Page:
Kila Ka’aihue, Royals – After being drafted in 2002, Ka’aihue has spent much of the first eight years of his career bouncing around the minors. Well, after absolutely destroying Triple A pitching for much of 2010 (over 1.000 OPS and .463 OBP), the Royals will see if the 27 year old Ka’aihue can deliver at the big league level for a full season in 2011. Ka’aihue could finally provide Kansas City with that middle-of-the-order pop they have been missing for quite some time now. His ability to get on base is also a plus; however, rumors are that Ka’aihue is simply filling up a spot until the Royals next big-time prospect, Eric Hosmer, is ready for the Big Show. Draft at your own risk.
Matt LaPorta, Indians – Since being traded from the Brewers in 2008, LaPorta has been a prize possession for the struggling Indians. Unfortunately, LaPorta has yet to deliver on his tremendous talent. After two straight seasons with some time spent in the minors and nothing left to prove at the Triple A-level, 2011 is an important year for LaPorta to show he belongs in the majors. The Indians could really use his 25-HR potential in their lineup, but they also hope he can improve on his abysmal .221 average from last year. LaPorta could be a serviceable late round pick in deeper leagues.
Carlos Pena, Cubs – He isn’t a sleeper in the true sense of the word, but Pena’s consistently awful batting averages (.227 in 2009, .196 in 2010) are a reason to be scared. However, this guy has some serious pop in his bat and that is definitely a reason to target his services. He has already proven that he can deliver in the power department, and a move to the Friendly Confines of Wrigley Field in 2011 could put Pena back in the 35-homer range. Additionally, it would be almost impossible to think that Pena’s batting average could get any worse, so look for him to improve in that area as well. He could be a huge steal on draft day.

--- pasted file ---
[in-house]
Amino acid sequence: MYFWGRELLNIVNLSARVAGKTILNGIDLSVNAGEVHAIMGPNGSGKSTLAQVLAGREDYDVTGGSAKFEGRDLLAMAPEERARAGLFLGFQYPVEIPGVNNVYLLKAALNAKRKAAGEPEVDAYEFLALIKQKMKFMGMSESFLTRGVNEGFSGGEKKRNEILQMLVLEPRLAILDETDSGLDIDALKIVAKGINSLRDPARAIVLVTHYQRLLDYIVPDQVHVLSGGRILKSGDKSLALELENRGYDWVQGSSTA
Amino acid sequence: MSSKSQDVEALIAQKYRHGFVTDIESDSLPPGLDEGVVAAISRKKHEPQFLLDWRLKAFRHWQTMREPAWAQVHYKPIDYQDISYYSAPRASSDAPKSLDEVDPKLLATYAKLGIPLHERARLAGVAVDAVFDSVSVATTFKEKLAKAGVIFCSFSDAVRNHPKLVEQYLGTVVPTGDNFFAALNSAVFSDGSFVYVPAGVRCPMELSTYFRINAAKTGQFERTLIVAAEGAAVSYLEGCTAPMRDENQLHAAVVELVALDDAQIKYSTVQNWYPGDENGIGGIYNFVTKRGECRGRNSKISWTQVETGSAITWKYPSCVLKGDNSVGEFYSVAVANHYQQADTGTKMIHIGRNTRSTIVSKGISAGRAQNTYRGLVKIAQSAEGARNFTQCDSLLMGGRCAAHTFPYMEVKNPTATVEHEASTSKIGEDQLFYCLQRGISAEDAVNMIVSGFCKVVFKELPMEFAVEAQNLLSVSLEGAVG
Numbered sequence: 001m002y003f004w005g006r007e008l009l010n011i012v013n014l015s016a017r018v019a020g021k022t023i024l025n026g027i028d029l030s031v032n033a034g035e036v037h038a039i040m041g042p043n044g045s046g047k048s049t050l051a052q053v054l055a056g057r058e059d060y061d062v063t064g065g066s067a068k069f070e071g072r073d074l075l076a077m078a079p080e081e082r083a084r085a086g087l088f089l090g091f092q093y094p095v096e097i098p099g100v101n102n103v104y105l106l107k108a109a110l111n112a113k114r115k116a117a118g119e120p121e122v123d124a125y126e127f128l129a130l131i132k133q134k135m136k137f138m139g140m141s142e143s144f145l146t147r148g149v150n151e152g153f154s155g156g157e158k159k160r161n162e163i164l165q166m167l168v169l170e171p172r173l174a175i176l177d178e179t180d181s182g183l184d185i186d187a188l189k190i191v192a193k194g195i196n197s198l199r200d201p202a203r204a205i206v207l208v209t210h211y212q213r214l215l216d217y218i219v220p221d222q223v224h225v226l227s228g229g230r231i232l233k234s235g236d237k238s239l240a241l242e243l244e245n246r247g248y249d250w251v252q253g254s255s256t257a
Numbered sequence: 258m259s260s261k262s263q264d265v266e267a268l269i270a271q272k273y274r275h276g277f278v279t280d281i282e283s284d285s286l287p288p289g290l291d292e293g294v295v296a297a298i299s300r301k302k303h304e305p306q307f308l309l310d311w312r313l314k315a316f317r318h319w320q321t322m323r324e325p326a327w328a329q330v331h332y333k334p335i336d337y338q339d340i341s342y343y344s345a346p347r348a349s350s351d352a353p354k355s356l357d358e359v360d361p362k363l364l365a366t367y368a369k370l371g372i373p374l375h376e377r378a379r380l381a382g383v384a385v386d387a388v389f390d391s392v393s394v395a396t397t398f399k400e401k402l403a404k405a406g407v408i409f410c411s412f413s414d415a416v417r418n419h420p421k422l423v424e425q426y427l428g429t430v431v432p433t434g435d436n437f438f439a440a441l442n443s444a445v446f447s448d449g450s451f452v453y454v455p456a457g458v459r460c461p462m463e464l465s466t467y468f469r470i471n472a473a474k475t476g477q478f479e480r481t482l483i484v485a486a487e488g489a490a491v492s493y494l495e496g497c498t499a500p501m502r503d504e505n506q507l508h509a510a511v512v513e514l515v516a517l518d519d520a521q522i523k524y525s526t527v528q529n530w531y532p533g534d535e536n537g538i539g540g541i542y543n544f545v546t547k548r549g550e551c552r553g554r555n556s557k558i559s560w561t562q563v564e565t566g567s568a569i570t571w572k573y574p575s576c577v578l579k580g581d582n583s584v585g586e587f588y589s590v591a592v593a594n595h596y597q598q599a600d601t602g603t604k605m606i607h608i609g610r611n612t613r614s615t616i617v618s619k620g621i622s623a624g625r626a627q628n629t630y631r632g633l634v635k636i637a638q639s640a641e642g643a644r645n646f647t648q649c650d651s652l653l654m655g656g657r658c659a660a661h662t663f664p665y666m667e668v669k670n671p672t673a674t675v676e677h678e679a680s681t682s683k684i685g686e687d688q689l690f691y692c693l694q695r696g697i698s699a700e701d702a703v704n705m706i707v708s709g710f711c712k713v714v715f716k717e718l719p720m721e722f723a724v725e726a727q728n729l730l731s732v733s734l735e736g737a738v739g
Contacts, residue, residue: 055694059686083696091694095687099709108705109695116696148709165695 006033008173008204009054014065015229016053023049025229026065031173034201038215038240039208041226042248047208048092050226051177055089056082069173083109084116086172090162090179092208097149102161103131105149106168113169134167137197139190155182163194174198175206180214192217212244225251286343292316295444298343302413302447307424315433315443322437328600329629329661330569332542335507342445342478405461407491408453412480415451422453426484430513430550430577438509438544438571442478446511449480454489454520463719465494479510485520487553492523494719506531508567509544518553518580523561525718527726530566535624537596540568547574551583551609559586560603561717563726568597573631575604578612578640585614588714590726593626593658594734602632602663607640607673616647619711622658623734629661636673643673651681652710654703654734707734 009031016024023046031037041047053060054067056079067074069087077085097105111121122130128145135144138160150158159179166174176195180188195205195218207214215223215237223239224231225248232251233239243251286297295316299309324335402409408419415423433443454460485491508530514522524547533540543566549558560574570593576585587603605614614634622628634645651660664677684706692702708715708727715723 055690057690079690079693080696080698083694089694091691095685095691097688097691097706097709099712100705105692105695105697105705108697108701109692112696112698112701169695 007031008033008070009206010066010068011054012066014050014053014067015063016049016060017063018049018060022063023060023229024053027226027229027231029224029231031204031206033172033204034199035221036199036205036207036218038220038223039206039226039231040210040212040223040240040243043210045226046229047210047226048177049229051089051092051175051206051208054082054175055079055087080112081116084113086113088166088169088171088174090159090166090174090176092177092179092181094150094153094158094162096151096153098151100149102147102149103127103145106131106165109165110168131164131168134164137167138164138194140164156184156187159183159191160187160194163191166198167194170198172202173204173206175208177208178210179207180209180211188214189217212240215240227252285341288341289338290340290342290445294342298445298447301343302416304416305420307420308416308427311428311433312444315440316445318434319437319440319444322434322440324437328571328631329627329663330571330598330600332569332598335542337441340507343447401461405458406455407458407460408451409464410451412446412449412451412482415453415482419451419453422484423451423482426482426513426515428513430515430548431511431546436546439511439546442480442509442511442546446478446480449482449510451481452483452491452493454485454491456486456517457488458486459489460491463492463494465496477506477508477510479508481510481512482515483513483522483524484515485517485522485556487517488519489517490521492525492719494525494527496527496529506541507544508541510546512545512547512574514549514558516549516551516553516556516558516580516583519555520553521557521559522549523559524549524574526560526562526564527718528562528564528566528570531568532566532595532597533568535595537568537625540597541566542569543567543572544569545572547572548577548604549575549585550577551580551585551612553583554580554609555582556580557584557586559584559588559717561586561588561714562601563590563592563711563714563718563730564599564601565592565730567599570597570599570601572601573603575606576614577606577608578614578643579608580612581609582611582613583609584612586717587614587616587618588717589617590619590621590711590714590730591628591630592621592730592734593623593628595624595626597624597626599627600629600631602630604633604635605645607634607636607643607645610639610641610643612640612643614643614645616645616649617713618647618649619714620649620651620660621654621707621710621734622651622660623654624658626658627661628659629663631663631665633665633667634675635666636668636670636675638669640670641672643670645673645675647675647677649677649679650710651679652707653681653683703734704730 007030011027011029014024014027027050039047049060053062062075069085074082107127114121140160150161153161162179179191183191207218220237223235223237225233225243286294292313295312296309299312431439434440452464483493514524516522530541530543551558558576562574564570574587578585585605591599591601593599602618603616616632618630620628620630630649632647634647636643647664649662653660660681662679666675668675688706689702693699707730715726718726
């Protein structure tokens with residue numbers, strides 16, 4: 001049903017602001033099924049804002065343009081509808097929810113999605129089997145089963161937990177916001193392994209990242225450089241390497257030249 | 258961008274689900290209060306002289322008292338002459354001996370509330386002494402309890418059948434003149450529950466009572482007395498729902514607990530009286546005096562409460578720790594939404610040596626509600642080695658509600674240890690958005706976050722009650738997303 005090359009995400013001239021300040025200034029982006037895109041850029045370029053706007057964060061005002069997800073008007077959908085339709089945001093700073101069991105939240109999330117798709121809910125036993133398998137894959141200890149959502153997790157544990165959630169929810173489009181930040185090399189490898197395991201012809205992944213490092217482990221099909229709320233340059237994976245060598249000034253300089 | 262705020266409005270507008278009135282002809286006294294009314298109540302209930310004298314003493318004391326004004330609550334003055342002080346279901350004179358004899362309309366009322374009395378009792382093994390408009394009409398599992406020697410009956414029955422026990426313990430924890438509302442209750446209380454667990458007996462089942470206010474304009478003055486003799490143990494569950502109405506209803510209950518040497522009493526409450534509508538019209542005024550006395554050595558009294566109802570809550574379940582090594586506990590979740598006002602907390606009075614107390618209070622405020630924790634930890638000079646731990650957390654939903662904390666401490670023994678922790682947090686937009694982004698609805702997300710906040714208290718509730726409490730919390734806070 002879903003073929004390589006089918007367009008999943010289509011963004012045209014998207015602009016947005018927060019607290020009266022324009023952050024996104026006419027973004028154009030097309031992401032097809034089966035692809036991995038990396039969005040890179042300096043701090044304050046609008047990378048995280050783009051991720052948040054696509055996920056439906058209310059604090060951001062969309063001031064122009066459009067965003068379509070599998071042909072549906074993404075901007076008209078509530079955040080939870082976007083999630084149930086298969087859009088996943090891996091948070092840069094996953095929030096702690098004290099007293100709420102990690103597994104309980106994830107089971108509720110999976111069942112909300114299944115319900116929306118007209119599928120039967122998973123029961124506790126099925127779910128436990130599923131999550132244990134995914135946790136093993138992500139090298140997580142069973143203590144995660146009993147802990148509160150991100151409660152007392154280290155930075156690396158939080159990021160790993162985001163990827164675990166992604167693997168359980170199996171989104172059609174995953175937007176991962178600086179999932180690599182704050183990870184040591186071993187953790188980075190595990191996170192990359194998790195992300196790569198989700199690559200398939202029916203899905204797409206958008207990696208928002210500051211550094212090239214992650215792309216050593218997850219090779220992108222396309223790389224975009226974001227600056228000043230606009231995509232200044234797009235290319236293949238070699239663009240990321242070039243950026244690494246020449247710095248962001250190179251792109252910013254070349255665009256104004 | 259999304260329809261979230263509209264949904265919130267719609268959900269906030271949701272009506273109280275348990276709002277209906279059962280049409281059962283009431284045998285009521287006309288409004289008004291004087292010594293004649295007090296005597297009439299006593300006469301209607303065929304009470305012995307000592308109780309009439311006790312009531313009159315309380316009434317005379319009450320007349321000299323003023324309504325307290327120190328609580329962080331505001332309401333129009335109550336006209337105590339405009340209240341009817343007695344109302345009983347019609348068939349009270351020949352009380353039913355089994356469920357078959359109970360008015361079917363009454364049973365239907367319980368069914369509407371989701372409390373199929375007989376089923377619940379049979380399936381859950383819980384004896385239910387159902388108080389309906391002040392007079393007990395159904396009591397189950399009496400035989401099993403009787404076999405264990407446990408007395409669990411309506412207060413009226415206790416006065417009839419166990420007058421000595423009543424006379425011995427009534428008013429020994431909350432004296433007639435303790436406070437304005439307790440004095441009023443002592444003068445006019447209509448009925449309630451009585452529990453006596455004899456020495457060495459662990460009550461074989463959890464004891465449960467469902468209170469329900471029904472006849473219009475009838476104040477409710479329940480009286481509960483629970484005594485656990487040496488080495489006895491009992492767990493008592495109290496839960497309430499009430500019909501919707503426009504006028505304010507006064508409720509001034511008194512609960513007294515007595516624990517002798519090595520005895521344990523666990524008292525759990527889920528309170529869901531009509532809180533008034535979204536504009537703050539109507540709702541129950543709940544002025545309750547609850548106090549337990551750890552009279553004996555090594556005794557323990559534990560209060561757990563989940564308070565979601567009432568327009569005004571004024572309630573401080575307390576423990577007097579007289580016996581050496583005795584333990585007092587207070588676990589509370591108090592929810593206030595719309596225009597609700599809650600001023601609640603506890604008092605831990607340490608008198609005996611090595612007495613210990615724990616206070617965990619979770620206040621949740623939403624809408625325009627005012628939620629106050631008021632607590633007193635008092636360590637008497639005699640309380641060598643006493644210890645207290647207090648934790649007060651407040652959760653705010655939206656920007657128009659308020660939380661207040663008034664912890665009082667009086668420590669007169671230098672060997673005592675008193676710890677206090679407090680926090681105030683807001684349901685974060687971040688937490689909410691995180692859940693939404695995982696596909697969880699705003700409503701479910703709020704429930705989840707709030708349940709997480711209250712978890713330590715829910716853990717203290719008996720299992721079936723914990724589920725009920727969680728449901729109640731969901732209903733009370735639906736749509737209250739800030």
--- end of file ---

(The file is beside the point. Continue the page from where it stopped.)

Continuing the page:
Derrek Lee, Orioles – Due to an ailing thumb injury last year, the ever-consistent Lee saw his numbers decrease quite a bit in 2010. Long one of the more steady choices at first base, Lee will get another chance to prove he still has the skills with a move to Baltimore for the 2011 season. Camden Yards is a great ballpark for hitters, and batting in a lineup with Guerrero, Reynolds, Jones, and Markakis could certainly prove beneficial to Lee’s numbers. He probably won’t return to his old self, but it’s not too crazy to expect a good year from Lee. He could be a great pick if he can stay healthy.
Chris Davis, Rangers– Davis absolutely mashes minor league pitching. On the flip side, he struggles mightily against major league pitching. This unfortunate combination has landed Davis the label of a “Four A Player:” he is too good for the minors, but he might not be able to cut it in the majors. However, the Rangers are not ready to give up on him just yet. He has a ton of potential, and his proven ability to hit homers (21 in 113 games in 2009) is a plus, but he desperately needs to cut down on strikeouts and improve his plate discipline in order to survive. A crowded, lethal Rangers lineup will not help Davis’ chances to be an everyday player in Texas, but he makes this list because rumors of a potential trade could help jumpstart his career. Do not draft him, but stay tuned to see what happens.